Succeeding generations of photographers independently explored and presented fine art documentary subjects, and often published their work in magazines and books. In 1956, Robert Frank's photographs in The Americans signaled a new documentary approach that affirmed the subjectivity of the photographer. Frank's unglamorous photographs of America presented common, unheroic subjects interpreted through unusual vantage points, jarring light, and differing degrees of focus. These images were thought of as unpatriotic and not received positively or popularly in America, but they introduced a new, modern approach to depicting the world, which was ultimately extremely influential in photography. Later, in 1967, an important exhibition entitled New Documents featured the work of Diane Arbus, Lee Friedlander, and Garry Winogrand, whose photographs of the social landscape of the time also broke with established rules of subject, composition, and technique. In 1968, the first photographs of Earth from the moon were produced, followed by images of Neil Armstrong's historic walk on the moon in 1969. Also in 1969, Richard Nixon's press secretary Ron Ziegler coined the term "photo opportunity"-describing situations that would show the President at his best. In 1976, space photography took another giant leap when Viking I relayed the first color images of another planet-Mars-with photography turning science fiction and scientific speculation into fact.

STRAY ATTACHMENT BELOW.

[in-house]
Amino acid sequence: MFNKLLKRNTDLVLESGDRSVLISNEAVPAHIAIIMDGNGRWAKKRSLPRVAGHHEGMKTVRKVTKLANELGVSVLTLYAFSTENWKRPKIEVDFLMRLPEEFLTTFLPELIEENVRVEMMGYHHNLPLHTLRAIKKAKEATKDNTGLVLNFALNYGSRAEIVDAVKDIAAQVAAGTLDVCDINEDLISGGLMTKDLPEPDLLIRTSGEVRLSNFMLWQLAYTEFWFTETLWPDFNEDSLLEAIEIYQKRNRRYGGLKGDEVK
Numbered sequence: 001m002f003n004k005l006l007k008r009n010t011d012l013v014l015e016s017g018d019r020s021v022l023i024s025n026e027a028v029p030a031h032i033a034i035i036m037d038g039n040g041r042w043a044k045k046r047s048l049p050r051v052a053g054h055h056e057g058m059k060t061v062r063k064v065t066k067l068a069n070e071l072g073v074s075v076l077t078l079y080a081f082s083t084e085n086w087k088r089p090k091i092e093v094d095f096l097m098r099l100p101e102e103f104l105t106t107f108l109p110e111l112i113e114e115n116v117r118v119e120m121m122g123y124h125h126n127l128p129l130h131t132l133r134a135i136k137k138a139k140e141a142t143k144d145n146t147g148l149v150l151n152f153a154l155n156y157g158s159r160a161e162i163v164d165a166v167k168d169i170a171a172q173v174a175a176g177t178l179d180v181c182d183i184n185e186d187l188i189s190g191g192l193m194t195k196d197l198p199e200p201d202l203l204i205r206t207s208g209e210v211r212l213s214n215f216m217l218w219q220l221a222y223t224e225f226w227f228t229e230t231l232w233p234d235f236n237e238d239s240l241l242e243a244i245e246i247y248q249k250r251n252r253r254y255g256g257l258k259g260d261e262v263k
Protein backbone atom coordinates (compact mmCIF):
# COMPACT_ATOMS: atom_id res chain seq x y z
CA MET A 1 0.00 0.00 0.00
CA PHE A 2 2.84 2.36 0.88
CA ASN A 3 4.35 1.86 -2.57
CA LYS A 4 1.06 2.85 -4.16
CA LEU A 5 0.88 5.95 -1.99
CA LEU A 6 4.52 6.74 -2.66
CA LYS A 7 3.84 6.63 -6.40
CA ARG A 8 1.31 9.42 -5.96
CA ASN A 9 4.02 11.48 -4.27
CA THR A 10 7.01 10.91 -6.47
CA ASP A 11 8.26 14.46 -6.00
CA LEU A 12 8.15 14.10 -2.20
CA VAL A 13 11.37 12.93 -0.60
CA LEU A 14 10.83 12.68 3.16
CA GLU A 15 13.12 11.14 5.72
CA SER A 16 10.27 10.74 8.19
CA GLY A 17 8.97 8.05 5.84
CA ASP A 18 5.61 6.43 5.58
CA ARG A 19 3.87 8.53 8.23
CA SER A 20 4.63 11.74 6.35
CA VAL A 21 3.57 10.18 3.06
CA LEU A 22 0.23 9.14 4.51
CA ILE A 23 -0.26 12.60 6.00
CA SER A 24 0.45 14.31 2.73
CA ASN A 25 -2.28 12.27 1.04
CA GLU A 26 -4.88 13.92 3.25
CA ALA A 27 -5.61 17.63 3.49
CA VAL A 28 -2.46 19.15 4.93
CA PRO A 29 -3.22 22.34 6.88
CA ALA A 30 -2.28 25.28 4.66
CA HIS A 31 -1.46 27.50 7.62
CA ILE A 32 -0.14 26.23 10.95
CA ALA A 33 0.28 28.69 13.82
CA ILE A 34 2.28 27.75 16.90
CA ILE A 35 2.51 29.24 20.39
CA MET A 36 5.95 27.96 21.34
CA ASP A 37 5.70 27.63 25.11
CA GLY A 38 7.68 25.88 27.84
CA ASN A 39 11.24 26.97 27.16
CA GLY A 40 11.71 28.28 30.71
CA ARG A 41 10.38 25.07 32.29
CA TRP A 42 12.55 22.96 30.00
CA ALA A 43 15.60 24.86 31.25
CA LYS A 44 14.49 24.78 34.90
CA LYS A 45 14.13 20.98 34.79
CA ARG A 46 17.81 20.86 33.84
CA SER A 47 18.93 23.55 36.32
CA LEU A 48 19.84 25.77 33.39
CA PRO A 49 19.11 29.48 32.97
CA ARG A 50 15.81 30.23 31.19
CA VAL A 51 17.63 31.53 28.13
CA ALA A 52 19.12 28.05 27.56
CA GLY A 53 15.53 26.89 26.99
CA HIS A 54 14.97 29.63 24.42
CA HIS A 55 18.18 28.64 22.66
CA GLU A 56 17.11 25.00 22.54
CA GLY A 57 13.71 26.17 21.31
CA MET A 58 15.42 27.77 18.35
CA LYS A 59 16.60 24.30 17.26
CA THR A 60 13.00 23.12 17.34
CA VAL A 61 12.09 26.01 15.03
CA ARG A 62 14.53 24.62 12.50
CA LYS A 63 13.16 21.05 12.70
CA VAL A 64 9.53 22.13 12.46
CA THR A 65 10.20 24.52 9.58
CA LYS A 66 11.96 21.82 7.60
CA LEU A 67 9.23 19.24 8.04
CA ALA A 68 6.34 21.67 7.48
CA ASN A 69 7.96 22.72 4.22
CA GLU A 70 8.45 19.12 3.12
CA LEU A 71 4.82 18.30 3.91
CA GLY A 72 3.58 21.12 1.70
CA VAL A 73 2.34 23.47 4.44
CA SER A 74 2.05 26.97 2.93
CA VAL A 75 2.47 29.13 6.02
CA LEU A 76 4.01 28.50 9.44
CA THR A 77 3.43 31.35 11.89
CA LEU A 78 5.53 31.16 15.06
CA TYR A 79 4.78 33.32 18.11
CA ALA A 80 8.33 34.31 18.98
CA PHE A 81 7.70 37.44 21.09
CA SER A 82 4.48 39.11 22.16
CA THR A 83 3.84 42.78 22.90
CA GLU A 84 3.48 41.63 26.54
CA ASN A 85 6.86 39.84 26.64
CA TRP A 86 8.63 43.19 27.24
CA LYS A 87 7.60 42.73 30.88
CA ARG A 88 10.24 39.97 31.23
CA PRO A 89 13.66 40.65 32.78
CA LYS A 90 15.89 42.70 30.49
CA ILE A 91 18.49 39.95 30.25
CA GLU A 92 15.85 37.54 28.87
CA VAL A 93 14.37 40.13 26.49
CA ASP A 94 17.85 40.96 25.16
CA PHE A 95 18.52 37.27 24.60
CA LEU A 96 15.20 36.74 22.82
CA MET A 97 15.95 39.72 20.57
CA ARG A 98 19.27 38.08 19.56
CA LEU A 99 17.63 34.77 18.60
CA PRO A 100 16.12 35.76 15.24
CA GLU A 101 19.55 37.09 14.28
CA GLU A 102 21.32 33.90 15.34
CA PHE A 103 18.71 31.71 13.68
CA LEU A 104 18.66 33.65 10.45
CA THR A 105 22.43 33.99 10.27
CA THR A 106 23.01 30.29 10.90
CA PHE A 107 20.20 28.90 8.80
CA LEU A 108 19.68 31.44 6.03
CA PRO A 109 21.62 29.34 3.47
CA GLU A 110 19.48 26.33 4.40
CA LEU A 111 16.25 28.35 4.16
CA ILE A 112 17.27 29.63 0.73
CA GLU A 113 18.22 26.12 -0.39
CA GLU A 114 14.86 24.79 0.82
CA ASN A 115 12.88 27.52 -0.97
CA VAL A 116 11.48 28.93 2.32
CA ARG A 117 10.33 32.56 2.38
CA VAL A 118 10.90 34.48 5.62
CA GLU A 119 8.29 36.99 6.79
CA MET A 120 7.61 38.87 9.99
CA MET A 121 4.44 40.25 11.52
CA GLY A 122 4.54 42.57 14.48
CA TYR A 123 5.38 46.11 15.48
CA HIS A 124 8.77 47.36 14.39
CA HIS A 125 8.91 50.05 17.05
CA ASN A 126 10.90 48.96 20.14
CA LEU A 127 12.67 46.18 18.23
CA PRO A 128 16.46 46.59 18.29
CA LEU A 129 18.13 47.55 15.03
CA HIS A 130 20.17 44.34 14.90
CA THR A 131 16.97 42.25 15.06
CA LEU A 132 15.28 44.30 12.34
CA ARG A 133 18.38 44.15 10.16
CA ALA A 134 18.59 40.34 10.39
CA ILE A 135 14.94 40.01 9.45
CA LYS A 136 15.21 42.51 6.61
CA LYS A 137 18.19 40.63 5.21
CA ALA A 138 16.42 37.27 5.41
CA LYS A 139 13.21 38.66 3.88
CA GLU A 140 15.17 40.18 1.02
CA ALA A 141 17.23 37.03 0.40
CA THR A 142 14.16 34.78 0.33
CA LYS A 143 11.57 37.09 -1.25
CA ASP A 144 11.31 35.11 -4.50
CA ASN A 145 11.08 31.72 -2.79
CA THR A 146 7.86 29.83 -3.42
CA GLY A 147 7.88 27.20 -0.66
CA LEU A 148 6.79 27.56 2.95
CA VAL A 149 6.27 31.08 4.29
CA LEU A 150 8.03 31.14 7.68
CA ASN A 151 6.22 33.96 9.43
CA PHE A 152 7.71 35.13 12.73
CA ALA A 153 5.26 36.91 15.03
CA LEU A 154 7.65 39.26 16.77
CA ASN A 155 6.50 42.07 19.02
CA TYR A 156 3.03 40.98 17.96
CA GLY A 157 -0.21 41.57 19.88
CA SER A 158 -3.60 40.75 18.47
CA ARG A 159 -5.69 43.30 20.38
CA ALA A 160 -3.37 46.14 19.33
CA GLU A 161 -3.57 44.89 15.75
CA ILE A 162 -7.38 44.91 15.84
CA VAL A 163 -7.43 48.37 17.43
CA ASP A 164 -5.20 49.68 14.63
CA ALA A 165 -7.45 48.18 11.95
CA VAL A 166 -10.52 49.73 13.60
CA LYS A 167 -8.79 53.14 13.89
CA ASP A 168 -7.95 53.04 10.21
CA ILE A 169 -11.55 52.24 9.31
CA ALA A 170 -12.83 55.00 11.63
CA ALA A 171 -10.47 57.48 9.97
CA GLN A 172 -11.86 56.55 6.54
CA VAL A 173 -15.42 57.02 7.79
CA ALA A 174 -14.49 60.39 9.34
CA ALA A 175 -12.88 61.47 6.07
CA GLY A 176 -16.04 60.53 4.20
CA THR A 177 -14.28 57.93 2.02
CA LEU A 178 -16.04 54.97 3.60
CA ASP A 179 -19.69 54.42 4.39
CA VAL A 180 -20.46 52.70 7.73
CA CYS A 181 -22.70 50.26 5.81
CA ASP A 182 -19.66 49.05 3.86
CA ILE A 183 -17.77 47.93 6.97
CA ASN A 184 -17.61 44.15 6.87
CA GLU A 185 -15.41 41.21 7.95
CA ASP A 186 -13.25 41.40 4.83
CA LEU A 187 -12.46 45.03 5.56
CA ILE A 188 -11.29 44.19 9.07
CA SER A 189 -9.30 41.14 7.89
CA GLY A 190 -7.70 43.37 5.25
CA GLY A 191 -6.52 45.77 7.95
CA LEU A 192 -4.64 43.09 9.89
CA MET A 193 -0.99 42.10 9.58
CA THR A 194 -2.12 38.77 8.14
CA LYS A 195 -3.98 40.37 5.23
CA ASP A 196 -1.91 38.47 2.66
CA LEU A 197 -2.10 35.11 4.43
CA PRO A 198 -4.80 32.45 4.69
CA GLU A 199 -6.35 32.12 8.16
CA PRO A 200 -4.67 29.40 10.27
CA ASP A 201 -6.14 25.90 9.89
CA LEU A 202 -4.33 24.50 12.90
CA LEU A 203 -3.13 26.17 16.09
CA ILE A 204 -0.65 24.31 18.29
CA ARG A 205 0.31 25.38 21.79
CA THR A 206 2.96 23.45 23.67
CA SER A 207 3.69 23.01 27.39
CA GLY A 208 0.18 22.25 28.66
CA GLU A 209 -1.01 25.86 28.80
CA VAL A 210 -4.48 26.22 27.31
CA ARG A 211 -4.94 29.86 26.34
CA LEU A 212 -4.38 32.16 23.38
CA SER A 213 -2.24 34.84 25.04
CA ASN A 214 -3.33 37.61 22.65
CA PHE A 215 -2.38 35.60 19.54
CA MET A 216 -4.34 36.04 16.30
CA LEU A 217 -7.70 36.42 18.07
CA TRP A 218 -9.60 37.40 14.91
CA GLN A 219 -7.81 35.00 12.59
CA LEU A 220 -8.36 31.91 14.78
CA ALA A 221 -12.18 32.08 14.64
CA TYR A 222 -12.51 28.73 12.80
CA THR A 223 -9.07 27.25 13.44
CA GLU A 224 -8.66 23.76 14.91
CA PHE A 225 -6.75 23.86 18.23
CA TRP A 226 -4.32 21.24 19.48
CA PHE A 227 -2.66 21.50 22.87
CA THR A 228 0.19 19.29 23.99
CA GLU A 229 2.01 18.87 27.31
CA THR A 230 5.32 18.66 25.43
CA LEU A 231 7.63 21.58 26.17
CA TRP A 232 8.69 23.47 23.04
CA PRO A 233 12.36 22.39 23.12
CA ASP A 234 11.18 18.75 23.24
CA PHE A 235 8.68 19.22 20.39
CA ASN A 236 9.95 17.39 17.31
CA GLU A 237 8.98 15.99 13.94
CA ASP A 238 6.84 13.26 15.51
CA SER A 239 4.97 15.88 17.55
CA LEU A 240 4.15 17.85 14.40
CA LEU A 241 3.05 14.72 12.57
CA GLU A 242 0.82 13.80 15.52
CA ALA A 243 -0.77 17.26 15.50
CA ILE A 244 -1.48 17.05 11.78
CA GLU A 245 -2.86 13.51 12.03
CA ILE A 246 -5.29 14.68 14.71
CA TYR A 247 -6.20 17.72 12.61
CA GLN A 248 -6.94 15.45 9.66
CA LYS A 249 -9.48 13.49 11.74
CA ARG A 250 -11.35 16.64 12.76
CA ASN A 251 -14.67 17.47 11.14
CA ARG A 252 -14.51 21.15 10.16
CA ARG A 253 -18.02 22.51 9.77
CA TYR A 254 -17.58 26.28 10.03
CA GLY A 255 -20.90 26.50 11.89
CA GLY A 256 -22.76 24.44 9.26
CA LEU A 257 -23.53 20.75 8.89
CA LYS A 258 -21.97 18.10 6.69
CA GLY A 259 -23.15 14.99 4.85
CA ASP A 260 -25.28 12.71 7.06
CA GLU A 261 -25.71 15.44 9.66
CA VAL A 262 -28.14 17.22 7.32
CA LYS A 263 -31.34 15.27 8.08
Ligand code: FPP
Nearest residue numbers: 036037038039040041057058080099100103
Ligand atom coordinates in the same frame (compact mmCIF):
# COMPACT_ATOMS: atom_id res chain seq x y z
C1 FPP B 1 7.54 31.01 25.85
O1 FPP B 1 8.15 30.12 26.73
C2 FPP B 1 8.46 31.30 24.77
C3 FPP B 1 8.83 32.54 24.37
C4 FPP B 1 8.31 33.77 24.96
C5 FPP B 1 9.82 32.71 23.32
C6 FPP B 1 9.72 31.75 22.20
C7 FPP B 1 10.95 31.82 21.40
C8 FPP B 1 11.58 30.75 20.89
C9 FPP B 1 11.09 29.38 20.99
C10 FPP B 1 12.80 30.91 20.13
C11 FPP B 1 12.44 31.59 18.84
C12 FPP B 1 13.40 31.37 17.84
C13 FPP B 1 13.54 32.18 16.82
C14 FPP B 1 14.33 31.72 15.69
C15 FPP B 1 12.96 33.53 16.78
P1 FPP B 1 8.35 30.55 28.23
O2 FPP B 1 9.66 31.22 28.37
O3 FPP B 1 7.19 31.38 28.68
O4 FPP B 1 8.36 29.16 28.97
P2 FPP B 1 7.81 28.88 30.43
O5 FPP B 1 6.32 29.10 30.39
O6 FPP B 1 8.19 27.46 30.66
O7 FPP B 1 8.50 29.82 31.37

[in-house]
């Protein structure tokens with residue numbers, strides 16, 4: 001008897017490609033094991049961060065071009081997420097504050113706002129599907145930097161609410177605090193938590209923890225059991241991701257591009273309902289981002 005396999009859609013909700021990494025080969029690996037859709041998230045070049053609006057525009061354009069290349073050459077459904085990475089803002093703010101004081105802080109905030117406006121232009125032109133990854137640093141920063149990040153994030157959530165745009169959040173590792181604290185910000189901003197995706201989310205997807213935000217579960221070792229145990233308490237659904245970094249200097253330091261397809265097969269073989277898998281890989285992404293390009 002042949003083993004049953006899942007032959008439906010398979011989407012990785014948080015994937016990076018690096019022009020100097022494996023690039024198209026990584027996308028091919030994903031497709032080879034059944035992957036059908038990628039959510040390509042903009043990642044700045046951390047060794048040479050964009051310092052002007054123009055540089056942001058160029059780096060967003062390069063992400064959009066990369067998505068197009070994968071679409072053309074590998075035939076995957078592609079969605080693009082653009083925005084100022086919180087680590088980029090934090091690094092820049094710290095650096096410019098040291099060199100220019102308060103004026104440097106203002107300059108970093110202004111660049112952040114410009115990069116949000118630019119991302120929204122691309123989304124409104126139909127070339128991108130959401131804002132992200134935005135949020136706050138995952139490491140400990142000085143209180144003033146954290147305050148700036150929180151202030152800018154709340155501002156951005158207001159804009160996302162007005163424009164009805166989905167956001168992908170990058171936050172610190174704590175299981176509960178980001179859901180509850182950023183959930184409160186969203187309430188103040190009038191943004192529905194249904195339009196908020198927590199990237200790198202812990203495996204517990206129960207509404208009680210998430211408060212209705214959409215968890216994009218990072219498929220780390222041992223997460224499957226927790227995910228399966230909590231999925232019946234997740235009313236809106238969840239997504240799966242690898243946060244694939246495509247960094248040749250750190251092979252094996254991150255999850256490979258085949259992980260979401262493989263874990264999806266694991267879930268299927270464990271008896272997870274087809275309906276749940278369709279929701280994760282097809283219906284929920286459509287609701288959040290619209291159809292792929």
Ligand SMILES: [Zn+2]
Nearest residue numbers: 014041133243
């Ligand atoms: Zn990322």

During the last twenty-five years, artists have continued to create photographs with documentary intentions that examine aspects of cultural expression, history, war, politics, landscape, science, and society. Many have also explored subjects such as identity, family, and relationships.


Color processes in photography extend back to the early years of the twentieth century, but were somewhat ignored by documentarians because color had been closely associated with commercial rather than artistic practices. The use of color in documentary work did not come into wide practice until the 1960s, when commercial color film processes were perfected. Photographers who began to incorporate color did so for numerous reasons, including the expressive element it lent to their work. Today, color photography is readily accepted and widely used in all forms of photographic expression, including newspapers.

Indivisible Photographs

While Indivisible represents, in some aspects, a traditional documentary commission with specific intentions and a sponsor, its photographs reflect contemporary trends through their wide variety of artistic interpretations. The scope of images presents a compelling opportunity for students to explore subjects that rarely receive attention in traditional image media formats. They confirm the fact that grass-roots involvement in America impacts the lives of participants in positive and profound ways and that artistic expression enriches and informs our knowledge of the United States, its culture, and its citizens.  
    This page last updated September 24, 2000.